Four organizations team up to benefit area parks “Everyone’s wondering how we got four organizations together,” Rodeo Committee member Kevin Hendrickson said of the gala held Saturday, November …
Four organizations team up to benefit area parks
“Everyone’s wondering how we got four organizations together,” Rodeo Committee member Kevin Hendrickson said of the gala held Saturday, November 13 at the new Stanley Community Center.
Held in part to help the Stanley Rod and Gun Club celebrate the 100th anniversary of its existence, the gala that went until 9 p.m. ended up raising $2,500 for local parks, as enabled through the cooperation of the Rodeo Committee, Stanley Rod and Gun Club, Stanley Lions, and Stanley Sportsman’s Club, along with local resident’s attendance. The Sportsman’s Club also made a $10,000 donation to the Community Center at the event.
With things kicking off at 4 p.m. but getting into full swing as the night went on, local residents could buy tickets for water, soda, and beer along with things like BBQ Sandwiches and hot dogs-plus a raffle!
Those seeking beer tickets had to be at least 21 years old on the day of the event.
With approximately 64 people in attendance at the height of festivities, a set of tables with silent auction items sponsored by area businesses was open for bidding by residents, with initial bids ranging from $10 up to $50 and $10 increments after for each successive bid.
Attendees could bid on baskets containing everything from LaGrander’s Cheese to Nolchek’s Meats, and even candles—but also a commemorative plate of area churches from the Stanley Area Historical Society, placed in the “Celebrate Stanley” silent auction choice.
Sponsoring businesses and individuals for the silent auction included Oemig’s Sports Shop, Debbie’s on Broadway, Broadway Boutique, and Galen Klisiewicz. Stanley’s Rod and Gun Club, meanwhile, donated $100 gift certificates to Hansen’s IGA, Martino’s Restaurant, Oemig’s Sport Shop, and Stanley Tire—all in celebration of the Rod and Gun Club’s 100 year anniversary. So what’s the local Rod and Gun Club and those like it about? Member Dean Samuelson explained.
"It's just basically conservation,” Samuelson said. “Promoting conservation – Fishing, hiking, skiing, anything.” The Stanley Rod and Gun Club was inaugurated as a “permanent organization" on February 25, 1921 after an initial meeting the previous Friday that had seen then Mayor Gregerson preside with a committee appointed to draft the by laws. Among the local Rod and Gun Club's first projects was making the old mill pond (now Chapman Lake) into a fish reservoir, with the suggestion of the same being made for the “tannery springs” to the southwest.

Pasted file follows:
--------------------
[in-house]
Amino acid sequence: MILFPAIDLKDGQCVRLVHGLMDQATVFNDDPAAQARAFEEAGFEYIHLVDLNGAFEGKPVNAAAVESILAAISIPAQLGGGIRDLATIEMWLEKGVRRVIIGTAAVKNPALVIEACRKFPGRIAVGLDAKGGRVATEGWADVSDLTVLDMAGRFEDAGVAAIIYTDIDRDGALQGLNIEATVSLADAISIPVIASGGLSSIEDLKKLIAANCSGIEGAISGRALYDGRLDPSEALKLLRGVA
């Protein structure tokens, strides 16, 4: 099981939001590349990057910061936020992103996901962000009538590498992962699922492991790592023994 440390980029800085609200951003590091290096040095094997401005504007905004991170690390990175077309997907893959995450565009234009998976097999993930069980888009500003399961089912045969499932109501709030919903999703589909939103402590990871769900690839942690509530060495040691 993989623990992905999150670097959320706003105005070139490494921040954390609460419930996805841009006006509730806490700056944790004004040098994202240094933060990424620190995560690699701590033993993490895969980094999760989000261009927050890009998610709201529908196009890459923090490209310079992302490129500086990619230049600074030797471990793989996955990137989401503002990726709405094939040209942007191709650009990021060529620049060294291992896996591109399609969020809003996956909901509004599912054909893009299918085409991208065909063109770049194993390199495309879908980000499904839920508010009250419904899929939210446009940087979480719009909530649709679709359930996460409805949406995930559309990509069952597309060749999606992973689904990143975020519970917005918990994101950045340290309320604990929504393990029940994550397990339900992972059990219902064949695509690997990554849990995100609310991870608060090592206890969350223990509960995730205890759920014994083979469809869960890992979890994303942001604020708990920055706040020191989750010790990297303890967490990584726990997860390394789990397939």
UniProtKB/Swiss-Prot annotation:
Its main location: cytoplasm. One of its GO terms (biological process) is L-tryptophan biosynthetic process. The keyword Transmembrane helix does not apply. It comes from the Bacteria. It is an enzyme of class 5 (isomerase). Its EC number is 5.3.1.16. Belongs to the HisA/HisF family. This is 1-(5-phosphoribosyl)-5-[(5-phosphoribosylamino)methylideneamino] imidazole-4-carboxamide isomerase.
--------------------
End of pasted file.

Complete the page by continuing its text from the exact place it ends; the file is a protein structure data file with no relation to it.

Speaking from the more contemporary meeting Saturday November 13, current City Mayor Al Haas was appreciative.
“I appreciate everyone coming out,” he said. “This is great.” As to how some of the other organizations present besides the Rod and Gun Club got involved, President Jim Jones of the Stanley Lions was direct.
“Kevin Hendrickson asked us to do it,” Jones said of how the local service organization became involved with Saturday’s fundraiser.
“He’s in Lions and on the City,” Secretary Lorena McLoone said of Hendrickson. The Lions, meanwhile, celebrated their 75th anniversary as a local Stanley presence this past September.
“We’re excited to serve our community as Lions,” Jones shared. Working together with the Rodeo/SFBC, Rod and Gun Club, and Stanley Sportsman’s Club, Jones said that all the proceeds from the night’s festivities went into the Rodeo parks account, the Rodeo having come into existence in 2004 as a successor to Stanley Steamer Days. Finally at Saturday’s event was the Stanley Sportsman’s Club, which Frank Dusick said started in the early 2000s.
“We’re about 16 years old,” Dusick said of the organization that manages the Chapman Park deer herd, along with ice fishing contests and other events. Working with parks and conservation, Dusick said the Stanley Sportsman’s Club was also focused on youth. “We try to work with youth as much as possible and get them involved in outdoor activities,” he said, a goal he said had been tough with COVID. On the wall at Saturday’s event, meanwhile, were buck pictures from the deer park that would make most anyone proud—the park bucks being protected, for the record. For those wishing to see the antlers when they shed after the rut, Dusick said a good place to check was at Oemig’s Sport Shop. With two years down and three to go in the state’s CWD program, it shouldn’t be long before the Sportsman’s Club can begin trading its deer with other game parks – but not yet.
For those seeking a set of antlers, it’s time to hit the woods, this weekend, with tracking snow just in time as of November 14.